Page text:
Demonstrators storm BlackRock headquarters in Paris
Massive protests against the Macron government’s pension reforms have swept the nation in recent weeks. Macron raises retirement age from 62 to 64.
Demonstrators, wanting to strike a nerve, took to the streets on Thursday and stormed the Paris headquarters of the world’s largest wealth manager BlackRock 10 trillion dollars under administration.
Demonstrators marched into the Le Centorial block with flares and smoke bombs. reported CNN.
The Telegraph reported that rail workers’ union members detonated incendiary devices in the atrium of the centorial building and filled it with smoke.
Around 100 people, including some unionists, chanted and shouted under BlackRock’s third floor office. Some spat out anti-capitalist slogans while others sang workers’ songs.
“The meaning of this action is quite simple. We went to BlackRock’s headquarters to tell them: The workers’ money for our pensions they take,” Jerome Schmitt, spokesman for the French union SUD, told BFM-TV.
While Schmitt indicated the meaning was simple, various protesters deduced other meanings from the incident.
A protester cited BlackRock’s ties to companies allegedly damaging the environment as the cause of the fiery incursion, the Telegraph reported.
The allegation that BlackRock’s chairman had campaigned for the breach of the French pension model was another justification.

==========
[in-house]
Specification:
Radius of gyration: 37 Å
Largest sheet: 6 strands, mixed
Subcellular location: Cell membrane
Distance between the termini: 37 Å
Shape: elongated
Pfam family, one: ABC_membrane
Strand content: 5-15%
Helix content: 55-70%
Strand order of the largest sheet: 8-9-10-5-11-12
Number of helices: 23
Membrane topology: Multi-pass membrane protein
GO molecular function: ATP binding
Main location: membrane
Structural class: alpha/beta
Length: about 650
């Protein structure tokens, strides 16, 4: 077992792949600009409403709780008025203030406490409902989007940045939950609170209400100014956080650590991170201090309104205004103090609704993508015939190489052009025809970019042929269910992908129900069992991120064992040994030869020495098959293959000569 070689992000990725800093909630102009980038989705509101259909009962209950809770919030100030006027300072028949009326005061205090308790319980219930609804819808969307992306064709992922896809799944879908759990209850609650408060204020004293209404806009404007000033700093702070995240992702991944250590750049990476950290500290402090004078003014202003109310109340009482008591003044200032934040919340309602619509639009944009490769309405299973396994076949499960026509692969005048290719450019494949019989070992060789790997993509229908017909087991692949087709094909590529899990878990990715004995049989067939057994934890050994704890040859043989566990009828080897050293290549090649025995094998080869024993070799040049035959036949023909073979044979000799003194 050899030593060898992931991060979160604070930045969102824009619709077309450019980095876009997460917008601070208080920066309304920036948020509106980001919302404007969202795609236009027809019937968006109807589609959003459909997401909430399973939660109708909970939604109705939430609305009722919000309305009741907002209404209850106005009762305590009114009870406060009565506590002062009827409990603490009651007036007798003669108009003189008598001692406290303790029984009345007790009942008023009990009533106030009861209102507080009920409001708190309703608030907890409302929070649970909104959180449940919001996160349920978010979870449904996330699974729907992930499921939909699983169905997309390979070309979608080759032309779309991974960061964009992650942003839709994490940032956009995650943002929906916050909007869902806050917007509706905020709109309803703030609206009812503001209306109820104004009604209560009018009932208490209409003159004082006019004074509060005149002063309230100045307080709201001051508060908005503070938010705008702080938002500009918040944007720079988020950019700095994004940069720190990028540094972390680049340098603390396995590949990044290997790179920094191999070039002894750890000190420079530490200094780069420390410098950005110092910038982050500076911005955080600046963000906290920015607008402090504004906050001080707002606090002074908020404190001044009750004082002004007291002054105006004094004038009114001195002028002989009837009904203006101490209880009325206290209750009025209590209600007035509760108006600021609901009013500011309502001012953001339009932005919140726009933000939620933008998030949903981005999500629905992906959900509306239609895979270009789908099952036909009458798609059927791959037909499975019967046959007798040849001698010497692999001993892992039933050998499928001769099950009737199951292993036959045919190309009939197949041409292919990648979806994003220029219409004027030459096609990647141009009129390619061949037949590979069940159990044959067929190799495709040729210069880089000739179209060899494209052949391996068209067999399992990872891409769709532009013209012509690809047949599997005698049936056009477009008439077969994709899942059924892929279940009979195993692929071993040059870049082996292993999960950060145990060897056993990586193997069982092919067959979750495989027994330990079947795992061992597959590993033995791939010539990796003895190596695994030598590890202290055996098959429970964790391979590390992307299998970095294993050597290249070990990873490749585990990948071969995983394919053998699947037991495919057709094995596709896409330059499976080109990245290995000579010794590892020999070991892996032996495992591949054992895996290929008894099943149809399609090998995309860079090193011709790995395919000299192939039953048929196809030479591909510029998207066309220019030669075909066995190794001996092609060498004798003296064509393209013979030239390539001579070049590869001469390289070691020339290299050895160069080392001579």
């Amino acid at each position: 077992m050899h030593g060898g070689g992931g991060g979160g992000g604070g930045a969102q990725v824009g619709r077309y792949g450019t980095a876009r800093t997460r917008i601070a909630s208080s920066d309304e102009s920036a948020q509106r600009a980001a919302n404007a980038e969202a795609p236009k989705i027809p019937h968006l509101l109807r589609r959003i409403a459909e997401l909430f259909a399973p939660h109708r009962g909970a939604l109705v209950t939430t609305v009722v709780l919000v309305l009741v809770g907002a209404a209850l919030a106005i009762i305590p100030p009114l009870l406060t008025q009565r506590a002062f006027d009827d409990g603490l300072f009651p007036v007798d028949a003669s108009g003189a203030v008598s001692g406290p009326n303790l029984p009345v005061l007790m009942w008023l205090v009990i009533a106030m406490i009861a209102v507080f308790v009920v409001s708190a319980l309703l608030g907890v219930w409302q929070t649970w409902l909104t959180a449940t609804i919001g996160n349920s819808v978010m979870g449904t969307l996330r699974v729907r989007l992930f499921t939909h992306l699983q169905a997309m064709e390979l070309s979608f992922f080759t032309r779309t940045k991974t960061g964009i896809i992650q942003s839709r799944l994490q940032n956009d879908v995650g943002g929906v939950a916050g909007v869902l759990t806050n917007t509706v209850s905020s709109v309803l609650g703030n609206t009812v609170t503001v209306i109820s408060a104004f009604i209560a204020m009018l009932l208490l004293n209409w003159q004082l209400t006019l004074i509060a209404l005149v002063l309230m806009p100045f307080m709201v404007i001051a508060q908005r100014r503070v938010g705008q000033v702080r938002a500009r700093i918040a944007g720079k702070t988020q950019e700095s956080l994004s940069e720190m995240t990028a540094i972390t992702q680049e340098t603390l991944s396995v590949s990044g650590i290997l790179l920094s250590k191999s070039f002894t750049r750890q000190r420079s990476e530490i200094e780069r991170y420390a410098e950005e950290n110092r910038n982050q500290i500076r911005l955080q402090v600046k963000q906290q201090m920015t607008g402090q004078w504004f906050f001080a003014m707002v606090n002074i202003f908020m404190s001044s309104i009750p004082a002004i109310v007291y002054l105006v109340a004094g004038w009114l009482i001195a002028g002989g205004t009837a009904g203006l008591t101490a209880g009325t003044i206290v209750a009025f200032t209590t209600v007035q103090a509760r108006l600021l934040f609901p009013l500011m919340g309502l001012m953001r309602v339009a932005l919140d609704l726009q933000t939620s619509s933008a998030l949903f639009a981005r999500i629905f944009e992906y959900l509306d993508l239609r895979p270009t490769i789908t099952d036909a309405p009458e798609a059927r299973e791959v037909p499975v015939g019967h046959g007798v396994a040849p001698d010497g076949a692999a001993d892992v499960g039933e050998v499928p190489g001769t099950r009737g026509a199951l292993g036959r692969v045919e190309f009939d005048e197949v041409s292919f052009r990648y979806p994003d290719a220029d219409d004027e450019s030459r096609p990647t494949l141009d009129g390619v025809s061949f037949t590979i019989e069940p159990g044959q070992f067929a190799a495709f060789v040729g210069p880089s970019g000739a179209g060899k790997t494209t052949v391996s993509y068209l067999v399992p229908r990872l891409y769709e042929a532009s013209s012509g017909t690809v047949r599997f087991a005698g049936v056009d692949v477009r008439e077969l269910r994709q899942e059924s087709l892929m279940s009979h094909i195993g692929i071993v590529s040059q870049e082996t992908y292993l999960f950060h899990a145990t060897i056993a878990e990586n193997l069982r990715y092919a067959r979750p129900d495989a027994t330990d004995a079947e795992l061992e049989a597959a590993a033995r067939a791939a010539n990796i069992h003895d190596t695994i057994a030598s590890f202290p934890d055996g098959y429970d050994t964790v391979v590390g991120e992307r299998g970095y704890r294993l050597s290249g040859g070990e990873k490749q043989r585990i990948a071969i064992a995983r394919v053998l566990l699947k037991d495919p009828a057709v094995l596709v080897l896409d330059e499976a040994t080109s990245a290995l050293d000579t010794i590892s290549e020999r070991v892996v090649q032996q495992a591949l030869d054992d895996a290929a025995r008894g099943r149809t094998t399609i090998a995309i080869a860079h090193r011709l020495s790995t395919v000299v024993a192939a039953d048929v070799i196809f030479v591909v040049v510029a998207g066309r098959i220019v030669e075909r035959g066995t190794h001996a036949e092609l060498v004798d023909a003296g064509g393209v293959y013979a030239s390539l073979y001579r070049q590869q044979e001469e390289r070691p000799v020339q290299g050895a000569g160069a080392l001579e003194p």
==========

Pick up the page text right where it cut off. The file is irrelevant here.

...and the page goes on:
The guard reported that hundreds of thousands of French people took to the streets after talks between unions and French President Emmanuel Macron collapsed.
During the talks, Cyril Chabanier, representative of the country’s eight largest unions, said: “We told the Prime Minister again that the only democratic result would be the withdrawal of the text. The Prime Minister replied that she wanted to keep the text, a serious decision. “
Macron, a former World Economic Forum Young Global Leader, took unilateral action in Marchbypass a parliamentary vote and push through his unpopular pension plan.
An Elabe poll in January found that almost three-fifths of French people are against the pension reform, reported Bloomberg. The same poll found that the majority sympathized with the planned protests, and 46% said they were willing to take part.
His government justified this by saying that the pension system would not slide into deficit. France has the lowest minimum age for a state pension among major European nations.
Reuters reported that a source close to Macron claimed: “If the role of a President of the Republic is to make decisions according to public opinion, no elections are needed. … Being president means making decisions that may be unpopular at the given time.”
While protests in January and early March were relatively peaceful — including the nationwide March 7 demonstration attended by 1.28 million people — Macron’s parliamentary bypass on March 16 sparked significant clashes between protesters and police officers.
On March 23 alone, 80 police officers were arrested and 123 injured. Damage to property, fires, barricades and smoke bombs have also been the order of the day in recent days.
Sophie Binet, general secretary of the CGT union, told BFM-TV: “The government will not be able to run the country unless it rolls back the reform.”